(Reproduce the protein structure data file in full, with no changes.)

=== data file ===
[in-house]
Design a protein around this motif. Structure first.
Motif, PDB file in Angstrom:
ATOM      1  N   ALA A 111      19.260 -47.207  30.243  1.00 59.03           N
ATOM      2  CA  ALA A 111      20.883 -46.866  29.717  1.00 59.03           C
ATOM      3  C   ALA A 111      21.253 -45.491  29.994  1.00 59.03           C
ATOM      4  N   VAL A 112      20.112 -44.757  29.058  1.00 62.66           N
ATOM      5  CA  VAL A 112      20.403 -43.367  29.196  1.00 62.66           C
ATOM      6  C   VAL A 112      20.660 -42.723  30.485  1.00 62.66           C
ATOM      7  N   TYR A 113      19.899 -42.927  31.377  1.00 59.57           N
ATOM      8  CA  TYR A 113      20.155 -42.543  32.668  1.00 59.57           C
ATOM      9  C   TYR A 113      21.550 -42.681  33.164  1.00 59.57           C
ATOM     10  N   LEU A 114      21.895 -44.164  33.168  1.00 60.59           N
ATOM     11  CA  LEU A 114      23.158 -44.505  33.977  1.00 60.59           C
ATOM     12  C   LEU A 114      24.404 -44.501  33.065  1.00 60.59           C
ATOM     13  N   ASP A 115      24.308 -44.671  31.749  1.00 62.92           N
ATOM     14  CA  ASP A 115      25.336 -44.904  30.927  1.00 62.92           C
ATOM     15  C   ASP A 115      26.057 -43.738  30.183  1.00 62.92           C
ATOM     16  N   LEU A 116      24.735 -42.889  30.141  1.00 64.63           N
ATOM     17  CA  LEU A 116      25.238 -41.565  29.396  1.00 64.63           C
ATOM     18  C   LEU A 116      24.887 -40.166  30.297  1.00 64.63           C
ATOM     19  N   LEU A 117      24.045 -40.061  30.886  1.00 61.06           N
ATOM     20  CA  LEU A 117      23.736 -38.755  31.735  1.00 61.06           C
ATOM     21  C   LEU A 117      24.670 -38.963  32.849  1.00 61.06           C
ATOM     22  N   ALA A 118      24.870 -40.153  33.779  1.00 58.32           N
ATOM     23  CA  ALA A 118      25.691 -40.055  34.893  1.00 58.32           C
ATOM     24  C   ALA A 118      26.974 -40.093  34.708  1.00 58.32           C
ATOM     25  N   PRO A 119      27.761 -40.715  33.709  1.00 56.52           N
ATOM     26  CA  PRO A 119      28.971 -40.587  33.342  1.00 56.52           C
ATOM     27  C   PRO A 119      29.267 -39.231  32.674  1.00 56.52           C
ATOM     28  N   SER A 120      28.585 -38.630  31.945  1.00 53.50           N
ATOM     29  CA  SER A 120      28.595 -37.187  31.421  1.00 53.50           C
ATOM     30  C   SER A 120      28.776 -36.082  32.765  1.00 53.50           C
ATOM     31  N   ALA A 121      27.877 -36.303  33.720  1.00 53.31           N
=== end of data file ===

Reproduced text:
[in-house]
Design a protein around this motif. Structure first.
Motif, PDB file in Angstrom:
ATOM      1  N   ALA A 111      19.260 -47.207  30.243  1.00 59.03           N
ATOM      2  CA  ALA A 111      20.883 -46.866  29.717  1.00 59.03           C
ATOM      3  C   ALA A 111      21.253 -45.491  29.994  1.00 59.03           C
ATOM      4  N   VAL A 112      20.112 -44.757  29.058  1.00 62.66           N
ATOM      5  CA  VAL A 112      20.403 -43.367  29.196  1.00 62.66           C
ATOM      6  C   VAL A 112      20.660 -42.723  30.485  1.00 62.66           C
ATOM      7  N   TYR A 113      19.899 -42.927  31.377  1.00 59.57           N
ATOM      8  CA  TYR A 113      20.155 -42.543  32.668  1.00 59.57           C
ATOM      9  C   TYR A 113      21.550 -42.681  33.164  1.00 59.57           C
ATOM     10  N   LEU A 114      21.895 -44.164  33.168  1.00 60.59           N
ATOM     11  CA  LEU A 114      23.158 -44.505  33.977  1.00 60.59           C
ATOM     12  C   LEU A 114      24.404 -44.501  33.065  1.00 60.59           C
ATOM     13  N   ASP A 115      24.308 -44.671  31.749  1.00 62.92           N
ATOM     14  CA  ASP A 115      25.336 -44.904  30.927  1.00 62.92           C
ATOM     15  C   ASP A 115      26.057 -43.738  30.183  1.00 62.92           C
ATOM     16  N   LEU A 116      24.735 -42.889  30.141  1.00 64.63           N
ATOM     17  CA  LEU A 116      25.238 -41.565  29.396  1.00 64.63           C
ATOM     18  C   LEU A 116      24.887 -40.166  30.297  1.00 64.63           C
ATOM     19  N   LEU A 117      24.045 -40.061  30.886  1.00 61.06           N
ATOM     20  CA  LEU A 117      23.736 -38.755  31.735  1.00 61.06           C
ATOM     21  C   LEU A 117      24.670 -38.963  32.849  1.00 61.06           C
ATOM     22  N   ALA A 118      24.870 -40.153  33.779  1.00 58.32           N
ATOM     23  CA  ALA A 118      25.691 -40.055  34.893  1.00 58.32           C
ATOM     24  C   ALA A 118      26.974 -40.093  34.708  1.00 58.32           C
ATOM     25  N   PRO A 119      27.761 -40.715  33.709  1.00 56.52           N
ATOM     26  CA  PRO A 119      28.971 -40.587  33.342  1.00 56.52           C
ATOM     27  C   PRO A 119      29.267 -39.231  32.674  1.00 56.52           C
ATOM     28  N   SER A 120      28.585 -38.630  31.945  1.00 53.50           N
ATOM     29  CA  SER A 120      28.595 -37.187  31.421  1.00 53.50           C
ATOM     30  C   SER A 120      28.776 -36.082  32.765  1.00 53.50           C
ATOM     31  N   ALA A 121      27.877 -36.303  33.720  1.00 53.31           N